US6988851B2 - Concrete screed with vibration isolation - Google Patents

Concrete screed with vibration isolation Download PDF

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Publication number
US6988851B2
US6988851B2 US10706539 US70653903A US6988851B2 US 6988851 B2 US6988851 B2 US 6988851B2 US 10706539 US10706539 US 10706539 US 70653903 A US70653903 A US 70653903A US 6988851 B2 US6988851 B2 US 6988851B2
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exciter
isolator
apparatus
set forth
blade
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US10706539
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US20050100407A1 (en )
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Paul M. Sina
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M B W Inc
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M B W Inc
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    • EFIXED CONSTRUCTIONS
    • E04BUILDING
    • E04GSCAFFOLDING; FORMS; SHUTTERING; BUILDING IMPLEMENTS OR OTHER BUILDING AIDS, OR THEIR USE; HANDLING BUILDING MATERIALS ON THE SITE; REPAIRING, BREAKING-UP OR OTHER WORK ON EXISTING BUILDINGS
    • E04G21/00Preparing, conveying, or working-up building materials or building elements in situ; Other devices or measures for constructional work
    • E04G21/02Conveying or working-up concrete or similar masses able to be heaped or cast
    • E04G21/06Solidifying concrete, e.g. by application of vacuum before hardening
    • E04G21/063... E04G21/08 take...
    • E04G21/066... E04G21/08 take... making use of vibrating or jolting tools acting upon the surface of the concrete, whether or not provided with parts penetrating the concrete
    • EFIXED CONSTRUCTIONS
    • E01CONSTRUCTION OF ROADS, RAILWAYS, OR BRIDGES
    • E01CCONSTRUCTION OF, OR SURFACES FOR, ROADS, SPORTS GROUNDS, OR THE LIKE; MACHINES OR AUXILIARY TOOLS FOR CONSTRUCTION OR REPAIR
    • E01C19/00Machines, tools or auxiliary devices for preparing or distributing paving materials, for working the placed materials, or for forming, consolidating, or finishing the paving
    • E01C19/22Machines, tools or auxiliary devices for preparing or distributing paving materials, for working the placed materials, or for forming, consolidating, or finishing the paving for consolidating or finishing laid-down unset materials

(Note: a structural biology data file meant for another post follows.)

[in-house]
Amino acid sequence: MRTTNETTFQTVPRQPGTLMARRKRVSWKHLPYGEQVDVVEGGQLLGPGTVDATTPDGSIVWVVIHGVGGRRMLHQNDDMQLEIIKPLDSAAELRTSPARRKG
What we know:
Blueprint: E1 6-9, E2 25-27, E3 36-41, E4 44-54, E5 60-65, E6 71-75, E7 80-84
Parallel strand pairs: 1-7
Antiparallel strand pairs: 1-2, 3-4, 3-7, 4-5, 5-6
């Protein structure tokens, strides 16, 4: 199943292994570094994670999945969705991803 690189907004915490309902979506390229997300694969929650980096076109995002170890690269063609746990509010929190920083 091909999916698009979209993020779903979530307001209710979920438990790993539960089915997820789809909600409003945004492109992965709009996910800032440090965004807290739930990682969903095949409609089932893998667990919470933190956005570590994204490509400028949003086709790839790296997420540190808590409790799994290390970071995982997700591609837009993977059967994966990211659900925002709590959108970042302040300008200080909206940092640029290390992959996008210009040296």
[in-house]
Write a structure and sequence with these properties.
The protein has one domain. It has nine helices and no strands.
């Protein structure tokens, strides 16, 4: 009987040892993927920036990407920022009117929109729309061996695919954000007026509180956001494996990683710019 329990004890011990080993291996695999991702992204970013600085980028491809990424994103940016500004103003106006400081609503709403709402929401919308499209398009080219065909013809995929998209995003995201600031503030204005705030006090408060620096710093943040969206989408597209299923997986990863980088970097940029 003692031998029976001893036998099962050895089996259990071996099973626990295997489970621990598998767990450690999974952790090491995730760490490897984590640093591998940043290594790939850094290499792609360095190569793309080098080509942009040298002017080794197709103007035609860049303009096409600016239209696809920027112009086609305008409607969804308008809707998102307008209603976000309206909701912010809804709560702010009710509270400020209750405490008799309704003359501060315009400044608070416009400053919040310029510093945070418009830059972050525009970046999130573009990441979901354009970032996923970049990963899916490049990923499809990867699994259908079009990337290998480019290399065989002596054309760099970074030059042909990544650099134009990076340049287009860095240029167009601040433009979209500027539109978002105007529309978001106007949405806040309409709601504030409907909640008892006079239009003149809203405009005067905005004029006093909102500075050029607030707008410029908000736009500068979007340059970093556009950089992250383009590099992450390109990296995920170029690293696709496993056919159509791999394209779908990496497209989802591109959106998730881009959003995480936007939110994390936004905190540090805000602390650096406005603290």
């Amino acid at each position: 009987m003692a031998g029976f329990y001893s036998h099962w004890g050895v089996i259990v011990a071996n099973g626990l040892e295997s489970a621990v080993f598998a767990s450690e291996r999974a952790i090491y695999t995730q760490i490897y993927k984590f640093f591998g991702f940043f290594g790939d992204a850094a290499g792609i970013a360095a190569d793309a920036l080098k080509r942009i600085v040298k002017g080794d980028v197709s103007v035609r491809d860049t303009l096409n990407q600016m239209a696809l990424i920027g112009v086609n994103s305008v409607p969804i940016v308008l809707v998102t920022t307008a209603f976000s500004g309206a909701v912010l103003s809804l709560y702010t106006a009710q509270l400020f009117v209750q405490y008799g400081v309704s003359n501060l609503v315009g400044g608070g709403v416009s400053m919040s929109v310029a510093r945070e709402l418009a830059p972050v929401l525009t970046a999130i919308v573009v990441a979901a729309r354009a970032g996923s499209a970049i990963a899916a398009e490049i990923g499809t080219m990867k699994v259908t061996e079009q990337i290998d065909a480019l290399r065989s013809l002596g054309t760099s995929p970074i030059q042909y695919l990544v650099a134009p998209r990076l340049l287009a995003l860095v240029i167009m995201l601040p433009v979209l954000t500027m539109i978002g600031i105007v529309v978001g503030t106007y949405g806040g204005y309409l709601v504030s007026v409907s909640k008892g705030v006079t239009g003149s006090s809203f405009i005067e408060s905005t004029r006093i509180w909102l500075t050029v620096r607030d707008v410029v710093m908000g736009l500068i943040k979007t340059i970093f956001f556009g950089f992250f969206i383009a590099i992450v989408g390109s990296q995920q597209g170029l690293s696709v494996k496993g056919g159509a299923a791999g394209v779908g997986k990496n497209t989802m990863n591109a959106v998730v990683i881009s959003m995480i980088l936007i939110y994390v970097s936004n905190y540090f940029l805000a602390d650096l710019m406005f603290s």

• E01C19/30Tamping or vibrating apparatus other than rollers ; Devices for ramming individual paving elements
    • E01C19/34Power-driven rammers or tampers, e.g. air-hammer impacted shoes for ramming stone-sett paving; Hand-actuated ramming or tamping machines, e.g. tampers with manually hoisted dropping weight
    • E01C19/40Power-driven rammers or tampers, e.g. air-hammer impacted shoes for ramming stone-sett paving; Hand-actuated ramming or tamping machines, e.g. tampers with manually hoisted dropping weight adapted to impart a smooth finish to the paving, e.g. tamping or vibrating finishers
    • E01C19/402Power-driven rammers or tampers, e.g. air-hammer impacted shoes for ramming stone-sett paving; Hand-actuated ramming or tamping machines, e.g. tampers with manually hoisted dropping weight adapted to impart a smooth finish to the paving, e.g. tamping or vibrating finishers the tools being hand-guided
    • EFIXED CONSTRUCTIONS
    • E04BUILDING
    • E04FFINISHING WORK ON BUILDINGS, e.g. STAIRS, FLOORS
    • E04F21/00Implements for finishing work on buildings
    • E04F21/20Implements for finishing work on buildings for laying flooring
    • E04F21/24Implements for finishing work on buildings for laying flooring of masses made in situ, e.g. smoothing tools
    • E04F21/241Elongated smoothing blades or plates, e.g. screed apparatus
    • E04F21/242Elongated smoothing blades or plates, e.g. screed apparatus with vibrating means, e.g. vibrating screeds

Abstract

A vibratory concrete screed includes a vibration isolation system that minimizes the transmission of vibrations to the operator under normal operating conditions, but becomes more rigid during screed control forces applied to the blade through the isolation system when the operator applies greater forces to the operator handle. The system includes low durometer elastomer vibration isolators isolating the operator handle from the vibration exciter and screed blade in a manner that limits vertical compressive movement of the isolators, yet permits substantially greater horizontal shear movement to effectively isolate the operator from vibration. The isolator mounting arrangement also includes retainers that engage the isolator to limit the amplitude of horizontal shear movement when the operator applies a greater control force to the operator handle.

Description

BACKGROUND AND SUMMARY